Etymology
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Anthony 

masc. proper name, from Latin Antonius, name of a Roman gens (with an unetymological -h- probably suggested by many Greek loan words beginning anth-, such as anthros "flower," anthropos "man").

St. Anthony (4c.), Egyptian hermit, was patron saint of swineherds, to whom one of each litter was usually vowed, hence Anthony for "smallest pig of the litter (1660s; in condensed form tantony pig from 1590s). St. Anthony's Fire (1520s), popular name for erysipelas, is said to be so called from the tradition that those who sought his intercession recovered from that distemper during a fatal epidemic in 1089.

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Antioch 
ancient city, modern Antakya in Turkey, anciently the capital of Syria, founded c. 300 B.C.E. by Seleucus I Nictor and named for his father, Antiochus. The name, also borne by several Syrian kings and an eclectic philosopher, is a Latinized form of Greek Antiokhos, literally "resistant, holding out against," from anti "against" (see anti-) + ekhein "to have, hold;" in intransitive use, "be in a given state or condition" (from PIE root *segh- "to hold"). Related: Antiochian.
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Antigua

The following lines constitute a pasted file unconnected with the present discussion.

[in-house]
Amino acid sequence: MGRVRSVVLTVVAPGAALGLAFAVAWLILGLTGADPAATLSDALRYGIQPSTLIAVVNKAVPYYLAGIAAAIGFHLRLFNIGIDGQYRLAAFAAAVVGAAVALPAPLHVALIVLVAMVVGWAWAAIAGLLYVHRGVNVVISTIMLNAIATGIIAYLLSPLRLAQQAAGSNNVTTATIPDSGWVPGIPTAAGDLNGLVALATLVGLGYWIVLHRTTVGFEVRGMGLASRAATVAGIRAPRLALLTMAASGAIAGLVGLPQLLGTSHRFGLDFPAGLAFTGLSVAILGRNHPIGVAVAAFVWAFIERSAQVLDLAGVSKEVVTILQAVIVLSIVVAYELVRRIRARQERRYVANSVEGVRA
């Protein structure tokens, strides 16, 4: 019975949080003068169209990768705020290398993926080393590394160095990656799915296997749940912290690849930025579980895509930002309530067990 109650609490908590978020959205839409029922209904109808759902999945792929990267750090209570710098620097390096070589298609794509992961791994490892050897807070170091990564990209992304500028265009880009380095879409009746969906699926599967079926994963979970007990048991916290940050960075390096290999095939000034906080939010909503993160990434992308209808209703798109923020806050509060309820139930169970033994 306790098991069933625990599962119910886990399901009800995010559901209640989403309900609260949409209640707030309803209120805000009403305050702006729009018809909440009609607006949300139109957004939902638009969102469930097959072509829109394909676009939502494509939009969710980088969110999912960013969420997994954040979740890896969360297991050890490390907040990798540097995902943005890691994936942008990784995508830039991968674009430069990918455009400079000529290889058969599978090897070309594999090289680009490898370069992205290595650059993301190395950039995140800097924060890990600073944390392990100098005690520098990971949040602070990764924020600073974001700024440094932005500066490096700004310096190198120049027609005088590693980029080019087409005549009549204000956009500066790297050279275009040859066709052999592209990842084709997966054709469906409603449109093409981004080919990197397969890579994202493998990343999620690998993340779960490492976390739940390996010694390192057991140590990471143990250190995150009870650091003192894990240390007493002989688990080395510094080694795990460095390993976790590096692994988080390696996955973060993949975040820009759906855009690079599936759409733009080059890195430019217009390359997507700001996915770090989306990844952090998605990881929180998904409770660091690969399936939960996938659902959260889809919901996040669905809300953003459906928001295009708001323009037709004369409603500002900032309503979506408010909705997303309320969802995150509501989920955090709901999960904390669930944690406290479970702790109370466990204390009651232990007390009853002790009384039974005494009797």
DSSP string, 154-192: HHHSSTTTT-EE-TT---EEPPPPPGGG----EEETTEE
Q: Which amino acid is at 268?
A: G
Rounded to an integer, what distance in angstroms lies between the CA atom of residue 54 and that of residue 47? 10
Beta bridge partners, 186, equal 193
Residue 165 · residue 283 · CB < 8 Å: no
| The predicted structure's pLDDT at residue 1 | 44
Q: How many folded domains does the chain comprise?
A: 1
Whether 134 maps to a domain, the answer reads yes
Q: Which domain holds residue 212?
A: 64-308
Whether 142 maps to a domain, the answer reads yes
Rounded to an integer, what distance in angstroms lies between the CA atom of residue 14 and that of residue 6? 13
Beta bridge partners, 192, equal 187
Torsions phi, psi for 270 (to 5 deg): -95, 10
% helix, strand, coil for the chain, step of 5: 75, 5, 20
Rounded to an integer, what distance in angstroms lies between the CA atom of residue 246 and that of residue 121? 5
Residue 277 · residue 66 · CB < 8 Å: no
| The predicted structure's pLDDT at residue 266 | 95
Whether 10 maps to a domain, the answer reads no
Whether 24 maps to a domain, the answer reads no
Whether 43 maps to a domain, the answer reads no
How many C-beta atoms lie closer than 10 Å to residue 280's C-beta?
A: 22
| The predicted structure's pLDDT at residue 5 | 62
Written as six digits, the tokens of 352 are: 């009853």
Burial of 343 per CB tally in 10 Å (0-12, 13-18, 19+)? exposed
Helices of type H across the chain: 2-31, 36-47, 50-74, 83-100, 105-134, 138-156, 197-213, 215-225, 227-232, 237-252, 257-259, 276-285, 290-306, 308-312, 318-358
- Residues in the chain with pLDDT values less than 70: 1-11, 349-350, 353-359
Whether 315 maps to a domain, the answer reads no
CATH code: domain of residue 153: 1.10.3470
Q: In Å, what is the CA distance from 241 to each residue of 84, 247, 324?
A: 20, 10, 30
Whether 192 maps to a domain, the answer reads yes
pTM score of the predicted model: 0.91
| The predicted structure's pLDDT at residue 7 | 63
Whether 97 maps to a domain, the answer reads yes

Caribbean island, from Spanish fem. of antiguo, literally "ancient, antique" (see antique); discovered by Columbus in 1493 and named by him for the church of Santa Maria la Antigua ("Old St. Mary's") in Seville. Related: Antiguan.
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Antony 
masc. proper name, from Latin Antonius, name of a Roman gens (see Anthony).
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Antigone 
daughter of Oedipus, her name in Greek might mean "in place of a mother," from anti "opposite, in place of" (see anti-) + gone "womb, childbirth, generation," from root of gignesthai "to be born" related to genos "race, birth, descent" (from PIE root *gene- "give birth, beget," with derivatives referring to procreation and familial and tribal groups).
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Antonia 
fem. proper name, from Latin Antonia, fem. of Antonius (see Anthony).
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Antietam 
place name, eastern U.S., from an Algonquian word perhaps meaning "swift water;" the name occurrs in Pennsylvania and Ohio, but the best-known is a creek near Sharpsburg in Washington County, Maryland; site of a bloody American Civil War battle fought Sept. 17, 1862.
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Antonine (adj.)
1680s, in reference to Roman emperors Antoninus Pius (ruled 138-161 C.E.) and Marcus Aurelius Antoninus (161-180). For the name, see Anthony. Earlier (1540s) of the followers of St. Anthony of Egypt; later Antonian (1904) was used in this sense.
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Antarctica 

continent name attributed to Scottish cartographer John George Bartholomew, who used it on a map published in 1887. From antarctic (q.v.). Hypothetical southern continents had been imagined since antiquity; first sighting of Antarctica by Europeans probably was 1820 (Lazarev and Bellingshausen). Also compare antipodes.

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